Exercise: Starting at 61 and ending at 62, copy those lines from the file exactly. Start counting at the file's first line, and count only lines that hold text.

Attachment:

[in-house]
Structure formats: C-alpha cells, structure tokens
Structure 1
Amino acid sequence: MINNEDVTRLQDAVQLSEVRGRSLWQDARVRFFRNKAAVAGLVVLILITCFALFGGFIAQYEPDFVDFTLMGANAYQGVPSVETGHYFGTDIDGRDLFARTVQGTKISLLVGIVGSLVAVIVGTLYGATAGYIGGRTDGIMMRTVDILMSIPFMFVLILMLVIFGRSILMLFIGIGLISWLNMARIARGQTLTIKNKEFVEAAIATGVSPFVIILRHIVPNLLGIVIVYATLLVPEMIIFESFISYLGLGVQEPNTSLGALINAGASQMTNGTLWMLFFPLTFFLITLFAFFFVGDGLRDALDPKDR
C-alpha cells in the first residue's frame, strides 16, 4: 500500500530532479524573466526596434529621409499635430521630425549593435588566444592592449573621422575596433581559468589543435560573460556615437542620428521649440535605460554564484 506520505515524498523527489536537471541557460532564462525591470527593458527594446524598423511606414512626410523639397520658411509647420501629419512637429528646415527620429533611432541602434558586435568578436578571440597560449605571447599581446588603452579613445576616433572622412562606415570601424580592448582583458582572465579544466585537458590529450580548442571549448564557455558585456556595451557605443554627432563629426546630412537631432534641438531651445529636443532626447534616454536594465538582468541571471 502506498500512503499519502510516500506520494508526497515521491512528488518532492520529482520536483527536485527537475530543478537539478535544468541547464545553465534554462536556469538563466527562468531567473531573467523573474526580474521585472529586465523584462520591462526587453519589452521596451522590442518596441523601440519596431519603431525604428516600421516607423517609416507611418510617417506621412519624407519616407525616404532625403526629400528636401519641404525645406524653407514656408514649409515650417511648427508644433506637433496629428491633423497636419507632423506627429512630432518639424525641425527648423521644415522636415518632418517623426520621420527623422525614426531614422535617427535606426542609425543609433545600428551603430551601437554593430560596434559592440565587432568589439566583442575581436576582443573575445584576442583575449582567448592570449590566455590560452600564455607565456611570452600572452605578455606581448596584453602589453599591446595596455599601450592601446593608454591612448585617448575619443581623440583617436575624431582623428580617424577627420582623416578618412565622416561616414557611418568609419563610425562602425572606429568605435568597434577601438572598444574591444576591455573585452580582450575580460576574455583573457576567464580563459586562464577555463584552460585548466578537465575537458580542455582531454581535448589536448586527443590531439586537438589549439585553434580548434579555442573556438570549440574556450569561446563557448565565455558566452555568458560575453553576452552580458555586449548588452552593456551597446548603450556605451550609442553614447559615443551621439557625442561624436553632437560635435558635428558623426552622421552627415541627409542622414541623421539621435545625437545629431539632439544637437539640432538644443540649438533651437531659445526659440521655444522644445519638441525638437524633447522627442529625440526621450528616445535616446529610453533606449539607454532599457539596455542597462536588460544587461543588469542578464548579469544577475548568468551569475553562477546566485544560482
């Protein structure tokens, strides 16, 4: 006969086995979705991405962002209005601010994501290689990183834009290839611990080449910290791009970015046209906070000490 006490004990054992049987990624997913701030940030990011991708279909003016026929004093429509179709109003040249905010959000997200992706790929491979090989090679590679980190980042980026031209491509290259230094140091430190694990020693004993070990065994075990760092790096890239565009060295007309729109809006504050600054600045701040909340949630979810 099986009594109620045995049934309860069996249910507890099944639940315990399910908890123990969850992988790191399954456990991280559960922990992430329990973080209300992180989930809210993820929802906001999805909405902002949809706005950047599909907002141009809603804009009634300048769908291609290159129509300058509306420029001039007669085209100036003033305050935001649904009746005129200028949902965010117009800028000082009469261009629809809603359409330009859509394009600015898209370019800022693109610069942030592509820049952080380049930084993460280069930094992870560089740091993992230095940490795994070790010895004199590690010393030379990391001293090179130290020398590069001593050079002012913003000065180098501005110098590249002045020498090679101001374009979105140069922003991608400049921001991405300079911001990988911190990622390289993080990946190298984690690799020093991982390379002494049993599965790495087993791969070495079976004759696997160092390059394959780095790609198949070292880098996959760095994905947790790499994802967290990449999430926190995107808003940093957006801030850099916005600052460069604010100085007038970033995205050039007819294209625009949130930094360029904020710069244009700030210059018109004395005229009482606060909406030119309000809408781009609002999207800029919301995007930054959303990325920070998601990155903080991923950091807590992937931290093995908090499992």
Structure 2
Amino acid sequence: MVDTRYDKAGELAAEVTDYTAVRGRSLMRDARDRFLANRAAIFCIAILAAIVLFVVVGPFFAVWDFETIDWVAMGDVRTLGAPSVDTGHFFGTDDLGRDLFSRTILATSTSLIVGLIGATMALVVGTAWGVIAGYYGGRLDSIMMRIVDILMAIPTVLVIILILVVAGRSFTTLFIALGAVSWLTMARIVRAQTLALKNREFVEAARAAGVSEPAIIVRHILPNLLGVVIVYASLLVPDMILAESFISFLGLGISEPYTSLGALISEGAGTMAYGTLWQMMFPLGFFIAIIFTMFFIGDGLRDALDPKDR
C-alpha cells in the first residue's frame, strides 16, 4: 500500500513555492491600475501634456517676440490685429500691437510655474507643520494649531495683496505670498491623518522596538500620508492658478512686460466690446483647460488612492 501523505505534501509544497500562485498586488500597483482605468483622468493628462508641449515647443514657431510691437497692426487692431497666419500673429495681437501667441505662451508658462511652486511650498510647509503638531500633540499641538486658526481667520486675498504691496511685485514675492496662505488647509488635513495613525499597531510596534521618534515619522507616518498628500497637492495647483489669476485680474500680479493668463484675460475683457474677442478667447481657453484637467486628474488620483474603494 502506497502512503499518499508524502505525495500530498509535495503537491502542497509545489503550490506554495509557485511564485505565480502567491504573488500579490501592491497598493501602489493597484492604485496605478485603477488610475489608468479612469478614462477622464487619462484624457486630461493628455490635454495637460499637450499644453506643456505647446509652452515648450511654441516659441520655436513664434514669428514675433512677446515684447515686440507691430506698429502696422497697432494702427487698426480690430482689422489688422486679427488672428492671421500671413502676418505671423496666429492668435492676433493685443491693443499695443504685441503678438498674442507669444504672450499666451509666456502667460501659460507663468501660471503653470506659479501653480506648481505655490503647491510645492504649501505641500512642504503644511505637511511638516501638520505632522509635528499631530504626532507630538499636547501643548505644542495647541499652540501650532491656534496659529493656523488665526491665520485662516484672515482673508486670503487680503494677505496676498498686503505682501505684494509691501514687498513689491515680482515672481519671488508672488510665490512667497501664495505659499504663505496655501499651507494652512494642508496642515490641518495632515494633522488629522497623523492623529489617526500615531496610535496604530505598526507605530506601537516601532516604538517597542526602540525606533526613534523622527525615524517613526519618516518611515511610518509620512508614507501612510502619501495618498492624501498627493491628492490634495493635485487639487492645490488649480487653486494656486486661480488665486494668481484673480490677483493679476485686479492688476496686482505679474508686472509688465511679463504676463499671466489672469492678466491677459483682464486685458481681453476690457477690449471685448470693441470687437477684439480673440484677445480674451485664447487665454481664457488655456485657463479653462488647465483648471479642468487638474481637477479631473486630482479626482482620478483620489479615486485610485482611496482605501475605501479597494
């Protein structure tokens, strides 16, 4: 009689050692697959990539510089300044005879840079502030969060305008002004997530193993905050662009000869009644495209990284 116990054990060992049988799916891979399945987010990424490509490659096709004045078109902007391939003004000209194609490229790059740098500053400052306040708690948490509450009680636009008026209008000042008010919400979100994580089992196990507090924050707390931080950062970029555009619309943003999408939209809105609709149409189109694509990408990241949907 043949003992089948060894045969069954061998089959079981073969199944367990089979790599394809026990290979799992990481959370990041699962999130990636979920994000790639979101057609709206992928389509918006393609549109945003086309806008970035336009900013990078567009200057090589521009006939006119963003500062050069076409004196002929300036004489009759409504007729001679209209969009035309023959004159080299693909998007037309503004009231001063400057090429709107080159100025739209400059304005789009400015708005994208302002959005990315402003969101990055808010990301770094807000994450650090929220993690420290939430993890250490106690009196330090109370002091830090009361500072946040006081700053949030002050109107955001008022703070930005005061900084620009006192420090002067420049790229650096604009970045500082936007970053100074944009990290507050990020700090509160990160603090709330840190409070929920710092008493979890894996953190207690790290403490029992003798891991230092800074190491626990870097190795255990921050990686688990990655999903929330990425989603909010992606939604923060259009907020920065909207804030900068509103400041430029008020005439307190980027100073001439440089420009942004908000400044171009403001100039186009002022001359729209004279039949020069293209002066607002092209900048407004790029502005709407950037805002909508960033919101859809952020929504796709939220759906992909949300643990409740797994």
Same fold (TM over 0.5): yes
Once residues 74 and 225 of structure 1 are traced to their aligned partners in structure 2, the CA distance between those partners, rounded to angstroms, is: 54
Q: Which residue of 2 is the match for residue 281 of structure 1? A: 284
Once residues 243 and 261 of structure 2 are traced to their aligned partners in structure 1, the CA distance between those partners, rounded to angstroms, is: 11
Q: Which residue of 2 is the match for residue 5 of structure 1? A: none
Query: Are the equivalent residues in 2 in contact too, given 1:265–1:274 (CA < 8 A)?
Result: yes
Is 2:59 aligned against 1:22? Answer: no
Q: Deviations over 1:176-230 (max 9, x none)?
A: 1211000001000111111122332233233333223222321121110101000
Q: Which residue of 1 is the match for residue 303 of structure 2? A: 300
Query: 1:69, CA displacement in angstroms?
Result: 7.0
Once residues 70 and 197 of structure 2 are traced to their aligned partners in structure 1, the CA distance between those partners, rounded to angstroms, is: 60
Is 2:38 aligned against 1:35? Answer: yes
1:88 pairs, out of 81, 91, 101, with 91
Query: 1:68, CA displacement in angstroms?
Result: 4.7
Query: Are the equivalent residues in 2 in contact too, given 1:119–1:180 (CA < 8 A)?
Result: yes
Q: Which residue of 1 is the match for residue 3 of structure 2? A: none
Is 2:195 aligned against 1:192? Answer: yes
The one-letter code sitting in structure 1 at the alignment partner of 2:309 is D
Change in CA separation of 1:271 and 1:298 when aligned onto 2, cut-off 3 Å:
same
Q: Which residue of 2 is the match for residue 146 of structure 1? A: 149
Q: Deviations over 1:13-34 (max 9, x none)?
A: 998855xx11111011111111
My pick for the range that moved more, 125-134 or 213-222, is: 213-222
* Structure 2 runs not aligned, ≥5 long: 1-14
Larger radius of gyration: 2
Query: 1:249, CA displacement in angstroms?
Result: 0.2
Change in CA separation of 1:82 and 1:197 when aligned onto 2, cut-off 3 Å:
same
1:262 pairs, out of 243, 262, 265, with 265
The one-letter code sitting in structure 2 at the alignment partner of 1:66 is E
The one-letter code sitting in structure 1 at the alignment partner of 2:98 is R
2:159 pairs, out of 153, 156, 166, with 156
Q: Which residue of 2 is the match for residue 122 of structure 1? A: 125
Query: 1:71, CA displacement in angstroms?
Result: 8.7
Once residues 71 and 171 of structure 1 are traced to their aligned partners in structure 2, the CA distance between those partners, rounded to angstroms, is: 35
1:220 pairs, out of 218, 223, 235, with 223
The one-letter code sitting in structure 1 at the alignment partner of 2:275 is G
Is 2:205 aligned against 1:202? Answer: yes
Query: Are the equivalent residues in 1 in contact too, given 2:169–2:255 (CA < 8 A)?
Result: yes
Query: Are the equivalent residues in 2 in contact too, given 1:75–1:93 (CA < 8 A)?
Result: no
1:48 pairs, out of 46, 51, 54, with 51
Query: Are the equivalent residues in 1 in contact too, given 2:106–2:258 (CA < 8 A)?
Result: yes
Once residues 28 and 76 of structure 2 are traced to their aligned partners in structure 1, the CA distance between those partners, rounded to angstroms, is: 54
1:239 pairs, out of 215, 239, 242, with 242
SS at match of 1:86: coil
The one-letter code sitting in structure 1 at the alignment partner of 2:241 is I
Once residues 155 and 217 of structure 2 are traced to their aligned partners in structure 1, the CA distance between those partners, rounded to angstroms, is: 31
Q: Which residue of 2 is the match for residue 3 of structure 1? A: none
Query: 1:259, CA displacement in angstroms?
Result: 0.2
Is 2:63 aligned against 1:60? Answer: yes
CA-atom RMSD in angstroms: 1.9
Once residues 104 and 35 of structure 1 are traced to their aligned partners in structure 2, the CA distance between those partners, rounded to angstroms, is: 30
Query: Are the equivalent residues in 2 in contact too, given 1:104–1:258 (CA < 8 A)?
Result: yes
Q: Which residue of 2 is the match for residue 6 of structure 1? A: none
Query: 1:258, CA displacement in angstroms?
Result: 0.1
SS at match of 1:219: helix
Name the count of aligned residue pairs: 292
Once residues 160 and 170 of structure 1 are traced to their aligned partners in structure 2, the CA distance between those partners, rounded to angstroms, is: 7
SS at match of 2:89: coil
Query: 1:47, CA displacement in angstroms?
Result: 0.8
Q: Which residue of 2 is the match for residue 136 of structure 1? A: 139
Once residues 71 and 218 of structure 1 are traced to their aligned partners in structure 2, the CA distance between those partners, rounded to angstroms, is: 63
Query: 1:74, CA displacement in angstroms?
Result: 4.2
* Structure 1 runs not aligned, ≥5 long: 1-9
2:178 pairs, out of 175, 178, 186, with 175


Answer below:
1:48 pairs, out of 46, 51, 54, with 51
Query: Are the equivalent residues in 1 in contact too, given 2:106–2:258 (CA < 8 A)?